Eighty summits, one year, 60-year-old dude. Bad. Ass.
When I told Lindsay "Babe City" Hart about this astounding feat she suggested that, since I turn 30 this year, I should celebrate my 30th year by summiting 30 mountains. Okay, babe, with your blessing ...
Thirty summits doesn't seem like much, but then I think about how I "only" summited 17 (different) mountains last year. And how I'm a weekend warrior nine months out of the year. And how sometimes I pretend I'm a bike racer. And how I've never really relished in the art of peak-bagging. But, hey, I may as well make my 30th year that much more meaningful: Set a challenging, worthwhile goal and actually follow through.
I have set parameters for this goal: The summit can either be achieved on a hike or a ski tour; the summit has to be "ranked" (not necessarily named); I can only call it a summit if I summit the high point on the mountain (damn you, Snowshed Mountain); summits have to be achieved between January 1 and December 31, 2013.
Here we go ...
1) Big Mountain, Smokey Range, Montana. If I get 31 summits this year I will gladly scrub The Big. As of April 22, I've skinned to the top of Big Mountain 40 times this ski season. I summited 45 times last year. This should get boring, right? Still hasn't. Photo: Looking east into Glacier; 10 feet behind me is a ski lift and a cafeteria.
2) Mount Shields, Glacier National Park, Montana, January 5. For the record, locals, Lewis and I skied off the summit of Mount Shields, not Little Shields. Eighty-seven feet and a long ridge walk make all the difference. Photo: Lewis on the approach.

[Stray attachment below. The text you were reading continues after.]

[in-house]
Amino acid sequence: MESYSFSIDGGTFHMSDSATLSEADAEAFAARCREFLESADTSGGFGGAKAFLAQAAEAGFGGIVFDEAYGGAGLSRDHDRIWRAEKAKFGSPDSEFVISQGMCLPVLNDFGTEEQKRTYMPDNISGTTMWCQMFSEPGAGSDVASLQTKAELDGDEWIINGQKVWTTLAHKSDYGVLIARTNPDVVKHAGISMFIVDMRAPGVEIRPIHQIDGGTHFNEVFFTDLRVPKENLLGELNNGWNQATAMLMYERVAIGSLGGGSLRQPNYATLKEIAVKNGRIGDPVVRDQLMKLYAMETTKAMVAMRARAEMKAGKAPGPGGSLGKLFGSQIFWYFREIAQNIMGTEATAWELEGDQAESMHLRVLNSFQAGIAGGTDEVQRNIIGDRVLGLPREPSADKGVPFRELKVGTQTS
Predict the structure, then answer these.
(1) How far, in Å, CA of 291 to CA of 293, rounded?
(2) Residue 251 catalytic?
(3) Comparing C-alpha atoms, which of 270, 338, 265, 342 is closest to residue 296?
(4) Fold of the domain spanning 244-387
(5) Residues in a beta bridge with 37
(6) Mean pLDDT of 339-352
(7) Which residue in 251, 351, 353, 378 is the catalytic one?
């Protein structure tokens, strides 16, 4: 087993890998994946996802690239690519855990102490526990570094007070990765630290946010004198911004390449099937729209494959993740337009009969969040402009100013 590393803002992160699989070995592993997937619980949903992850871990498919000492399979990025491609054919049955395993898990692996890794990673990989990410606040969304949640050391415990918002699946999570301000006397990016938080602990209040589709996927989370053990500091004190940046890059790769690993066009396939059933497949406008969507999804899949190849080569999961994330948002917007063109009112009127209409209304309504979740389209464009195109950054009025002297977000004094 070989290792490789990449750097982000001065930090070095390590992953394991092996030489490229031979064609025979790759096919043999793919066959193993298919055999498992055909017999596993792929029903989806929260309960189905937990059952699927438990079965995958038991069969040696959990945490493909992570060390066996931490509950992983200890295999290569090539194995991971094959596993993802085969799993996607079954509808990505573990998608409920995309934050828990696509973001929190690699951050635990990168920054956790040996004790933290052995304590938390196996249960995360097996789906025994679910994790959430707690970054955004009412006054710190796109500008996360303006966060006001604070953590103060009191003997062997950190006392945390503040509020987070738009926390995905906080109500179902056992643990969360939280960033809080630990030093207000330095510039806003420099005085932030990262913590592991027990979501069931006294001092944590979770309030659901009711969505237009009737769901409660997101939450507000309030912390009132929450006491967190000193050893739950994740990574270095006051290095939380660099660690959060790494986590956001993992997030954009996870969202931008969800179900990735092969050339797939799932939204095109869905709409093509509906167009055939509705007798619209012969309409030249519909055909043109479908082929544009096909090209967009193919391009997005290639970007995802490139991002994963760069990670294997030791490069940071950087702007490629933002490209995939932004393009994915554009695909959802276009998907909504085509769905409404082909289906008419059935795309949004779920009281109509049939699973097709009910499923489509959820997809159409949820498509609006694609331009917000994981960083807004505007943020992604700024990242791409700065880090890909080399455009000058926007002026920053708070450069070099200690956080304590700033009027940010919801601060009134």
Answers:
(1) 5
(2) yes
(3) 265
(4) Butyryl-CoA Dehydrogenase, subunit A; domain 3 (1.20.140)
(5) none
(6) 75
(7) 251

3) Stanton Mountain, Glacier National Park, Montana, January 19. We started our approach at around 5 a.m. from Lake McDonald Lodge. This was a great ski, 4,600 feet back to the car. Photo: Hebert and Koestler about to cut a cornice.
4) Peak 7108, Great Bear Wilderness, Montana, February 1. Peak 7108 is the high point on the west ridge above Marion Lake; while unnamed, it is ranked. Lewis, Carrie, John, and I faked sick (well, not John) and took the day to shred. It was worth it. Photo: I forgot my camera; this is actually a photo taken on 7108 in 2012.
5) Mount Furlong, Great Bear Wilderness, Montana, February 9. Some of the best skiing of the year. Photo: Pedalin' Pete took all the pictures this day ... meaning I'll probably never seen any of them. This is a photo from the summit of Furlong taken this past summer when I was up there with Lewis, Devin, and the dogs. This was the same aspect we skied.
6) Running Rabbit Mountain, Glacier National Park, Montana, March 9. Summit No. 1 of the day. This may be my new favorite spot to ski in the Middle Fork/Maria's Pass coridor. Charlie made us swear secrecy. Photo: Charlie and Elliott on the summit.